The DMO Download
A weekly digest on economic development and cultural, heritage tourism news.
Omicron Puts New Restrictions on Travel Industry
by Paige Fay
Catch Up With This Week’s Industry News for DMOs
There’s a lot going on in your world. That’s why Bull Moose Marketing gathers the top headlines and resources so you can focus on making your destination a great place to live and visit. This week, you can read about getting stakeholder buy-in for destination branding efforts, learn how the Omicron variant is affecting travel and how developing a good relationship with the media can help your brand. Also, don’t forget to RSVP for our branding webinar that airs tomorrow at 1 p.m. There’s lots of good stuff this week, so keep reading!
Omicron Throws a Wrench in U.S. Travel Plans
The travel industry is hit with another obstacle as South Africa identified a new variant of Covid-19 called Omicron. In efforts to prevent the spread, the United States has placed travel bans on several countries in southern Africa and plans to institute new travel regulations. Starting Dec. 6, all international travelers must test negative for the virus within one day of departure to the U.S or have proof they recovered from the virus within 90 days. The federal mask mandate has also been extended through March 18.
No doubt this new blow to the industry leaves many DMOs— and travelers— wondering what the holidays will look like. At the moment, domestic travel remains relatively untouched by the new regulations, leaving holiday travel trends at the mercy of traveler confidence. But, it’s important to make sure you’re doing all you can to make sure your visitors feel safe at your destination. Keep them informed on any travel updates they need to know to be prepared.
Wabanaki Tribes Look to Boost Tourism in Maine
A group of Native Americans, the Wabanaki tribes, is developing a plan that will increase tourism in Maine in the coming years. This effort, called the Wabanaki Cultural Tourism Initiative, received $150,000 in funding from the Maine Office of Tourism and hopes to create a tourism economy around Wabanaki heritage and culture by 2030.
DMOs need to be on the lookout for funding that supports heritage tourism in their region, especially for indigenous tourism efforts. Supporting these kinds of projects not only supports your area’s indigenous culture and people, but will also help attract a new demographic of visitors to your area and preserve your destination’s history.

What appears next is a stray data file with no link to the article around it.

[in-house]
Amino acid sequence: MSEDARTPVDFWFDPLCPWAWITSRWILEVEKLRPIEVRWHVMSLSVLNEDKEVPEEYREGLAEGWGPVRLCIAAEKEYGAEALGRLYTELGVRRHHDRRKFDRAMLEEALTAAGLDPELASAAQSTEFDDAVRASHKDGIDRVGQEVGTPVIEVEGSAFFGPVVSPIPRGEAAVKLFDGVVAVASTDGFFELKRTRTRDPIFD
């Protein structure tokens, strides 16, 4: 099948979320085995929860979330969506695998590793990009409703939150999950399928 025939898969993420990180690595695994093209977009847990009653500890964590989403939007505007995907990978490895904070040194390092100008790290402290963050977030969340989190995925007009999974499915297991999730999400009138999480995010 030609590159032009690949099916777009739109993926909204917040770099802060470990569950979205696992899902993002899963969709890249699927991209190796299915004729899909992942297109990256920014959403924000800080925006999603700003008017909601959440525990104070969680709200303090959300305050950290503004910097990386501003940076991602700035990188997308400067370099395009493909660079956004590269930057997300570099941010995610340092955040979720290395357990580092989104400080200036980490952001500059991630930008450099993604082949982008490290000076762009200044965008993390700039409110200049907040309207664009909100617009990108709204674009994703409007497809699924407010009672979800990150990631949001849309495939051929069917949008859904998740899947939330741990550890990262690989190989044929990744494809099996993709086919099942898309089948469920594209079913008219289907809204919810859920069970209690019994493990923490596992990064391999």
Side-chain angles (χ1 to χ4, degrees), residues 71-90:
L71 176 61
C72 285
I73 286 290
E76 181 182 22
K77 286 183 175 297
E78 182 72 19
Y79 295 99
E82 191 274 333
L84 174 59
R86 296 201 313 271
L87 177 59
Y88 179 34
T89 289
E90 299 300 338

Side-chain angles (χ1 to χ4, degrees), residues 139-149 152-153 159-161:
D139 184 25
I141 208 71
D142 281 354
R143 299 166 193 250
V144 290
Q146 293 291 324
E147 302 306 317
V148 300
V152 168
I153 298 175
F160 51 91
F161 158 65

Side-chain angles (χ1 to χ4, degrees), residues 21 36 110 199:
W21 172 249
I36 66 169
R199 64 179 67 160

Welcome to the Brandlands
Slogans, taglines, logos… Many of us associate these terms with branding, but that actually isn’t wholly accurate. Branding is more complex than the colors you’ll use on your destination’s website. Branding is a promise to your visitors— and good brands deliver on that promise.
For destination branding to work, you need to think about what makes your destination unique. Consider why visitors will benefit from visiting and get your stakeholders and community on board. Here are some questions to ask yourself:
- How do people perceive your destination?
- Do you deliver on the experience you promise visitors?
- Does your current branding authentically represent your community?
- Which branding elements do you currently have in place? Are they enough to accomplish your goals?
Branding your destination requires having a strong strategy and understanding of why people should visit. That’s where we come in. RSVP for our webinar “Welcome to the Brandlands: Branding Your Destination” tomorrow at 1 p.m. Experts Ron Mattocks and Camila Gomez will be your guides and offer advice on how to build a successful brand that will get community and stakeholder buy-in, attract visitors and enhance your marketing efforts.
Getting Stakeholder Buy-in for Your Destination’s Branding Efforts
A marketing strategy alone will not define your destination’s brand, though having one is still vital to your success. Instead, what truly defines your brand is the stakeholders and community that make up your destination. This means that getting their input on the destination brand development process is crucial in creating one that is not only accurate but gets everyone on board.
Getting everyone on board is not an easy task, however. But there are many tactics you can use to help foster an environment of collaboration. Our biggest suggestion? Listen to your stakeholders and community members. As the residents and businesses in your community, they are the feet on the ground when it comes to interacting with visitors, giving them a valuable perspective on what visitors are looking for and how they are perceiving your area. Read more of our tips here.
These Branding Tips Will Help Your Destination Stand Out
It’s easy for visitors to get lost in the information overflow. So how do you get your brand out to visitors so they’ll see it? One big way DMOs can do this is by developing relationships with the media, according to this article. Writing and publishing news releases lets your audience know that there’s a big event on the horizon, notifies stakeholders of a new grant win and keeps visitors in the loop on what’s happening at their favorite destination.
A good relationship with the media allows for a smooth information exchange, keeping your destination at the forefront of the news online, on paper and on social media. These are great opportunities to share what your destination is all about and communicate to visitors what’s happening in your community. Read more about this tip and others here.
Content Production Manager at Bull Moose Marketing. A lover of literature and a sunshine enthusiast who probably drinks too much tea. Connect with me on LinkedIn @paigeschamberg